Experts recommend that pregnant and postpartum women, as well as other adults, get seven-to-eight hours of sleep each night for good health and optimum performance.

Those who suspect that they might be suffering from a sleep disorder are encouraged to discuss their problem with their primary care physician or a sleep specialist.

Source: American Academy of Sleep Medicine

Explore further: Who uses phone apps to track sleep habits? Mostly the healthy and wealthy in US

Related Stories

Who uses phone apps to track sleep habits? Mostly the healthy and wealthy in US

January 16, 2018
The profile of most Americans who use popular mobile phone apps that track sleep habits is that they are relatively affluent, claim to eat well, and say they are in good health, even if some of them tend to smoke.

Bright light therapy improves sleep in people treated for cancer

January 16, 2018
Results of a randomized controlled trial suggest that systematic bright light exposure can improve sleep for fatigued people who have been treated for cancer.

Sleep quality improves with help of incontinence drug

January 12, 2018
A drug used to curtail episodes of urinary incontinence in women also improves quality of sleep, a researcher at the Stanford University School of Medicine reports.

Light activity measured with fitness tracker linked to lower mortality in older women

January 10, 2018
Experts say that a lack of physical activity leads to age-related weakness and poor health in older adults. Official guidelines suggest that healthy older adults spend at least 2.5 hours every week doing moderate activity ...

Too many babies still die needlessly of SIDS, CDC says

January 9, 2018
(HealthDay)—Many parents still regularly risk their babies' lives as they put them to bed, according to a new report from the U.S. Centers for Disease Control and Prevention.

Hormone therapy may ease depression linked to menopause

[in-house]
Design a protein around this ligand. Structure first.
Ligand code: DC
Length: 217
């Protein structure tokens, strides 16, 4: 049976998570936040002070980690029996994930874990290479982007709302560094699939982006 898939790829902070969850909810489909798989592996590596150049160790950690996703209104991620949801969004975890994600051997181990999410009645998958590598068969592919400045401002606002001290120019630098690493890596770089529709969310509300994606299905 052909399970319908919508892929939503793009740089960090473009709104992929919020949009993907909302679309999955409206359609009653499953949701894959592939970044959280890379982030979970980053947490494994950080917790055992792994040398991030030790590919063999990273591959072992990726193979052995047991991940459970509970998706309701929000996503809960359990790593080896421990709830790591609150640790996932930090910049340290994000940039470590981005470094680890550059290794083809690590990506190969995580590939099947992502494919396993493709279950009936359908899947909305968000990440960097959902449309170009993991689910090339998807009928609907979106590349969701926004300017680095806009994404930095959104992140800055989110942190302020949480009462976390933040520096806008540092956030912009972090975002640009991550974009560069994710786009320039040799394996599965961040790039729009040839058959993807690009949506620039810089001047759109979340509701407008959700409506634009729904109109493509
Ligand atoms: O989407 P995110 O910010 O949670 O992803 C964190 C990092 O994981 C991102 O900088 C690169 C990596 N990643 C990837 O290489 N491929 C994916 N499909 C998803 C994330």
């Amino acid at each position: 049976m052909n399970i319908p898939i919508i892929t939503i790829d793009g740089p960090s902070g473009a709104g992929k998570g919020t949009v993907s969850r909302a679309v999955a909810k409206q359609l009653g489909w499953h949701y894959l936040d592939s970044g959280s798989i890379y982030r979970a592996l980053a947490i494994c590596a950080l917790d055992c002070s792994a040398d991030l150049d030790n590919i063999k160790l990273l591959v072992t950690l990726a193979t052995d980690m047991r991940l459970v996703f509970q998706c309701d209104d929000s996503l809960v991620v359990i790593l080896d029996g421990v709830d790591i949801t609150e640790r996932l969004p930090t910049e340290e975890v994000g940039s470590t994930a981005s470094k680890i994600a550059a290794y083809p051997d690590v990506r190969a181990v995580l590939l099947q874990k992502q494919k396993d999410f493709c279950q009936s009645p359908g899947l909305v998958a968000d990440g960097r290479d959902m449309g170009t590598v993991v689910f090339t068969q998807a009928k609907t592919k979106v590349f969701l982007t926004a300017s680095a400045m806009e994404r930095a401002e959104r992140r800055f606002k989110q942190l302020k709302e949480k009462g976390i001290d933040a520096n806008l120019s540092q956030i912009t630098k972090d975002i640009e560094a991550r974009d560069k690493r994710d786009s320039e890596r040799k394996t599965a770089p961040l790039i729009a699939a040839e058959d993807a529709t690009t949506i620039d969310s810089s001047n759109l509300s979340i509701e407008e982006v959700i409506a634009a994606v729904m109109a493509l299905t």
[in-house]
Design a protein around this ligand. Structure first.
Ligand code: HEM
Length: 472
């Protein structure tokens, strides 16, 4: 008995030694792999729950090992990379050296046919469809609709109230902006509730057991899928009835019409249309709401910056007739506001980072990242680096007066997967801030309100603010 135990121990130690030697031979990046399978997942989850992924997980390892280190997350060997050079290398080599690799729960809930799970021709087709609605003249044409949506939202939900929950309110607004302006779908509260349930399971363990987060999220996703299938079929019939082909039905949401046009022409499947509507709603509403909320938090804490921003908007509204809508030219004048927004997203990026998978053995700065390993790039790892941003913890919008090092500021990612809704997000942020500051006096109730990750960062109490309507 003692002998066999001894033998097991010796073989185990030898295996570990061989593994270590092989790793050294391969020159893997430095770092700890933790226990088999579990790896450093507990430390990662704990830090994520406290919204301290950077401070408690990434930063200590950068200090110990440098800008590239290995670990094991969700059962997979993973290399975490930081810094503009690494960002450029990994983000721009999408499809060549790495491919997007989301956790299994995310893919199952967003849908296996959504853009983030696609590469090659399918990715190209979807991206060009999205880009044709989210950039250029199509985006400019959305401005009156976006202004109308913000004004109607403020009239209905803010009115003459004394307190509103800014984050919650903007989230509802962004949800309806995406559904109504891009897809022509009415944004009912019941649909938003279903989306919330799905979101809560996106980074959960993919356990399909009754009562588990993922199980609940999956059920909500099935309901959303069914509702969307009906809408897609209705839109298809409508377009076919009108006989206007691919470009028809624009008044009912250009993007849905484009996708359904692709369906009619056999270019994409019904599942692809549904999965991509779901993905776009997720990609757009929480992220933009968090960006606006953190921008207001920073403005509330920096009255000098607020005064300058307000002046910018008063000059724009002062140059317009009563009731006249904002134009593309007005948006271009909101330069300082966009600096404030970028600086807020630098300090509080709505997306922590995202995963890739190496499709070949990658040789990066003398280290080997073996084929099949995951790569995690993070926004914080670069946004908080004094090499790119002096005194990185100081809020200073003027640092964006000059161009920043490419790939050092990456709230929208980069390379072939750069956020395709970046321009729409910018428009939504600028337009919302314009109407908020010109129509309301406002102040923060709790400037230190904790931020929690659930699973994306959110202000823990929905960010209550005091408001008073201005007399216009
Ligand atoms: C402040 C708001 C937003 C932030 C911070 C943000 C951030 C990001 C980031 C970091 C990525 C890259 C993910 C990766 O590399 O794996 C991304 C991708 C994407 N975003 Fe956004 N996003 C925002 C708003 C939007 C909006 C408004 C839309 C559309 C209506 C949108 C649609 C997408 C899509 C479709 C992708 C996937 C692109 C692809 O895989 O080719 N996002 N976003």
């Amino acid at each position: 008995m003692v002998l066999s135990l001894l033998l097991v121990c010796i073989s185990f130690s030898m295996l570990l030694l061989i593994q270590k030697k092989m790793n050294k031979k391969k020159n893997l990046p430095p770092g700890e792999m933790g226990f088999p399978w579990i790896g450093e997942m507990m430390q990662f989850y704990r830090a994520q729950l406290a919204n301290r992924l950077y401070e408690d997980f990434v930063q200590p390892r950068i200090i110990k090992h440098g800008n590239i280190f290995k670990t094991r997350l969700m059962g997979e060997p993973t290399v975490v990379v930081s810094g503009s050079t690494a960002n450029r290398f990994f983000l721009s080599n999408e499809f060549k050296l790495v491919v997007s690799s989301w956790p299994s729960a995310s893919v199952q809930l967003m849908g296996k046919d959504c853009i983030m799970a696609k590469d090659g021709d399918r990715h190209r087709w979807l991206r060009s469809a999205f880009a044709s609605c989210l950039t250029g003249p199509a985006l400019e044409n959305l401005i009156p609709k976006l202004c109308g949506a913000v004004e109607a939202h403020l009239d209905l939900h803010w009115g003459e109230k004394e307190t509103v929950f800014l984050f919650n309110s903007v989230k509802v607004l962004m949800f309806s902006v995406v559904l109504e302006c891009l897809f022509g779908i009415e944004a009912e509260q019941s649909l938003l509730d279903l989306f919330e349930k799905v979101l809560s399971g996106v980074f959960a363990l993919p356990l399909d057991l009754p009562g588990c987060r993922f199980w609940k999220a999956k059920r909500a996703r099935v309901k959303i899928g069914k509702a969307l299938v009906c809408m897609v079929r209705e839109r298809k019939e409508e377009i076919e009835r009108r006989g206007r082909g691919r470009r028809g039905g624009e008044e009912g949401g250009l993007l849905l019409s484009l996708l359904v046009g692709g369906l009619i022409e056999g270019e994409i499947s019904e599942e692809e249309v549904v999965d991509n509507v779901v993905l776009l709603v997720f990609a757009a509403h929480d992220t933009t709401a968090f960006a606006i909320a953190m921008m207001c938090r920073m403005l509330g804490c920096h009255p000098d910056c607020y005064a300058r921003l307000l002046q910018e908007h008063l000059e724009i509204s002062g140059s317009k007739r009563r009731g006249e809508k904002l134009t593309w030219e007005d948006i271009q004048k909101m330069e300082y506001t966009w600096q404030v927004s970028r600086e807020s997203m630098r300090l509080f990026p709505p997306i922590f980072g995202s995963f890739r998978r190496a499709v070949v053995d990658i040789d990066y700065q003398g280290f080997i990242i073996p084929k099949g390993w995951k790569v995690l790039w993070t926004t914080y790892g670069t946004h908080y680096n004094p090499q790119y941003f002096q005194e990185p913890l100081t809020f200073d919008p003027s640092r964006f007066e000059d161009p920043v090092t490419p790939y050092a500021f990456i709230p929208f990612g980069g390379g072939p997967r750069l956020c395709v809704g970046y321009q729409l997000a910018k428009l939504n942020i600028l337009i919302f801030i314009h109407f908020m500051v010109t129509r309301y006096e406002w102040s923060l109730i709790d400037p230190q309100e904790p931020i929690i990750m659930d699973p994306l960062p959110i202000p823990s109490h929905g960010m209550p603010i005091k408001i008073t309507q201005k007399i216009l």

January 10, 2018
(HealthDay)— A year of hormone therapy cut the risk of depression symptoms in women going through menopause and early postmenopause, new research shows.

Recommended for you

Women run faster after taking newly developed supplement, study finds

January 19, 2018
A new study found that women who took a specially prepared blend of minerals and nutrients for a month saw their 3-mile run times drop by almost a minute.

Americans are getting more sleep

January 19, 2018
Although more than one in three Americans still don't get enough sleep, a new analysis shows first signs of success in the fight for more shut eye. According to data from 181,335 respondents aged 15 and older who participated ...

Wine is good for you—to a point

January 18, 2018
The Mediterranean diet has become synonymous with healthy eating, but there's one thing in it that stands out: It's cool to drink wine.

Sleep better, lose weight?

January 17, 2018
(HealthDay)—Sleeplessness could cost you when it's time to stand on your bathroom scale, a new British study suggests.

Improvements in mortality rates are slowed by rise in obesity in the United States

January 15, 2018
With countless medical advances and efforts to curb smoking, one might expect that life expectancy in the United States would improve. Yet according to recent studies, there's been a reduction in the rate of improvement in ...

Can muesli help against arthritis?

January 15, 2018
It is well known that healthy eating increases a general sense of wellbeing. Researchers at Friedrich-Alexander-Universität Erlangen-Nürnberg (FAU) have now discovered that a fibre-rich diet can have a positive influence ...

0 comments

Please sign in to add a comment. Registration is free, and takes less than a minute. Read more

Click here to reset your password.
Sign in to get notified via email when new comments are made.